The majority newly admitted lawyers in NSW are women, making up 63% of all law graduates. But only 20% of barristers are female, and they get paid a lot less than their male peers.
Last week, the NSW Bar Association released a report detailing factors that impact upon female barristers, and the changes that law firms and barristers’ chambers need to make in order to promote gender equality.
Fewer Females and Less Pay
Being a barrister can be a challenging but incredibly rewarding career– so why do fewer women than men that pursue it, why do so few reach the level of Senior Counsel (previously Queens Counsel), and why are women paid less than men.
The Bar Association report found that the average pay of women barristers is 38% less than men – a gap that they suggested would be “unacceptable in any other industry.”
The Association believes that there are three main reasons for the pay gap:
- Women spend less hours in court gaining valuable experience when they first become barristers,
- Female barristers are less likely to be closely mentored by senior barristers than their male peers, and
- There is a perception the bar has a very male-dominated culture, which deters many women from pursuing a career as a barrister.
In a separate study, the Law Council of Australia surveyed over 4,000 lawyers in order to determine the reasons behind gender inequality in the legal profession as a whole.
The survey found that half of all female respondents reported being bullied or intimidated in the workplace. Half also reported facing gender discrimination at some point in their careers. And one in four women said they had experienced sexual harassment in the workplace.
The Council reported that these responses reflect an unacceptable state of affairs in the profession – suggesting that women face significant barriers to reaching senior positions.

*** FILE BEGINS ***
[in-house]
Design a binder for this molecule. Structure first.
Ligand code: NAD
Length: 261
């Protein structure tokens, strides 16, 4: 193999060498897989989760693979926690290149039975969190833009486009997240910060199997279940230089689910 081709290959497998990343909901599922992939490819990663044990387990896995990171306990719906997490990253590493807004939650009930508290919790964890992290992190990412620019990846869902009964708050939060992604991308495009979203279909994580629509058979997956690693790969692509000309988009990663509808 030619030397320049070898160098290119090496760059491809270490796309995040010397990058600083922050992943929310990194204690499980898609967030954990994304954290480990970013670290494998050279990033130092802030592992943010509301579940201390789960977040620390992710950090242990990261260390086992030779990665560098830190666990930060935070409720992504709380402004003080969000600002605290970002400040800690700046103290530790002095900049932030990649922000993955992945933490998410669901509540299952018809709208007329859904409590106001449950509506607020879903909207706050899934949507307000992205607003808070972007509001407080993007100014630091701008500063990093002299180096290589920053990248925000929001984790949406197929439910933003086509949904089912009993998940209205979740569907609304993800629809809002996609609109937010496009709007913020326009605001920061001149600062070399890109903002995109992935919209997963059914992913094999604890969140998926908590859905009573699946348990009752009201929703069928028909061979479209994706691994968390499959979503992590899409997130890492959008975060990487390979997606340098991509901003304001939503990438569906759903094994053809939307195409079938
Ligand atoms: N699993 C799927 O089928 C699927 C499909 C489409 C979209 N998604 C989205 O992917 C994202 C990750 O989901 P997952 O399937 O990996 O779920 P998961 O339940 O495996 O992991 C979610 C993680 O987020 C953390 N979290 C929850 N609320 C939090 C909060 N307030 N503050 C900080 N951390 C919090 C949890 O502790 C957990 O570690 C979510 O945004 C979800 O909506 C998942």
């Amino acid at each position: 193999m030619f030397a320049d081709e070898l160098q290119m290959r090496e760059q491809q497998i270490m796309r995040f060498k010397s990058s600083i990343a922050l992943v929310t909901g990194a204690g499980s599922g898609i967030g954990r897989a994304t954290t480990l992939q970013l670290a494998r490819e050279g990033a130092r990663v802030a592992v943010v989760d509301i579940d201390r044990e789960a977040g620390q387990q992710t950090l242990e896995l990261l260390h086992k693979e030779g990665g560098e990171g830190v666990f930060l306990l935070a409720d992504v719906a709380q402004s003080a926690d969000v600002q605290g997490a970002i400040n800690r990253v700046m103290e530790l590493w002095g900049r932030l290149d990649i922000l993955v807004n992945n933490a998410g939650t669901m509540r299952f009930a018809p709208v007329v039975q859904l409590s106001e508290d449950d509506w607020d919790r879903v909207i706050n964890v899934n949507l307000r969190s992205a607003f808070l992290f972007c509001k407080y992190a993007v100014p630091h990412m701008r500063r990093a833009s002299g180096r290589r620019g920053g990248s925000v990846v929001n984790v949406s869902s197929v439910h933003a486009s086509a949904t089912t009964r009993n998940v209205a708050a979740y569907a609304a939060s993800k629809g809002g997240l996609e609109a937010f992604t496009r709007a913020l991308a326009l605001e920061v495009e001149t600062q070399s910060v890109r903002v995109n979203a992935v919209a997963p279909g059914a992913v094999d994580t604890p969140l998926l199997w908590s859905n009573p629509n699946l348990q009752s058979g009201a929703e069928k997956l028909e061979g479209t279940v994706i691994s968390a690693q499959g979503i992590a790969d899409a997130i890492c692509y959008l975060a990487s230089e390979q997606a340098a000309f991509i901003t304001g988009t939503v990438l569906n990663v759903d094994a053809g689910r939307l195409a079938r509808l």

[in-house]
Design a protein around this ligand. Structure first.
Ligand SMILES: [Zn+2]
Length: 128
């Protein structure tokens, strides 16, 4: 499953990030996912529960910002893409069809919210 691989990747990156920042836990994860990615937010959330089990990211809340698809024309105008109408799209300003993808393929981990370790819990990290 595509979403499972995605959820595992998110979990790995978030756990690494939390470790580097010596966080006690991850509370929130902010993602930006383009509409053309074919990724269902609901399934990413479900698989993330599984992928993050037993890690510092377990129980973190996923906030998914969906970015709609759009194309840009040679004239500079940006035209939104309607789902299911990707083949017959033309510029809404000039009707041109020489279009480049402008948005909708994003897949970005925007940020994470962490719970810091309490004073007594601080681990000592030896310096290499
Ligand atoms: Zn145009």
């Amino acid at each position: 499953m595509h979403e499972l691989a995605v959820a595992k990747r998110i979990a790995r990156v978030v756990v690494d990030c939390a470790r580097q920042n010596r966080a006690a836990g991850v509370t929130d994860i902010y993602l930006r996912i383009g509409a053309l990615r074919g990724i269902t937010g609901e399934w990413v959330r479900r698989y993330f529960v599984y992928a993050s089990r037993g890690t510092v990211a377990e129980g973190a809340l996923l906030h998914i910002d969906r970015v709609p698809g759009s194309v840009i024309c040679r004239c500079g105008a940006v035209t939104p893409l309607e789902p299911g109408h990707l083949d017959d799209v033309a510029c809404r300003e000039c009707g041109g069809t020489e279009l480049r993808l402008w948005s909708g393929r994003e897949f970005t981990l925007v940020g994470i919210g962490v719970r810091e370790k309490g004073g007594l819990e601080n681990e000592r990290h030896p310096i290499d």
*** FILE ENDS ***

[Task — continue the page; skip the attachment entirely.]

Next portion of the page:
Law Council President-elect Stuart Clark and Treasurer Fiona McLeod wrote in The Australian:
“It costs our profession dearly when we lose women from the workforce: in morale, productivity, human capital, the costs of retraining, lost investment and the inability to meet client expectations.”
What Should be Done About it?
The message to come out of the Bar Association report was clear: action needs to be taken, and words alone won’t be enough to address the gender disparity in the legal profession.
The Association suggested introducing fixed numerical targets for law firms to meet by 1 July 2017. Those target are for firms to:
- Give 10% of all briefs to female Senior Counsel,
- Give 20% of all briefs to female junior counsel, and
- Give 35% of all briefs to female counsel with less than five years experience
Bar Association President Jane Needham SC believes that this is: “not really asking all that much of people, even though it looks quite radical on its face.”
Many would argue against such artificial quotas, contending that briefs should be given to barristers on the basis of merit, cost and availability – not because they are women or men.
“Women have been overwhelmingly the best and brightest of the graduates. In order for the bar to remain strong and independent it needs not only to recruit but retain more women.”
Only time will tell whether law firms will adopt the Bar Association’s recommendations, or at least brief females barristers more often.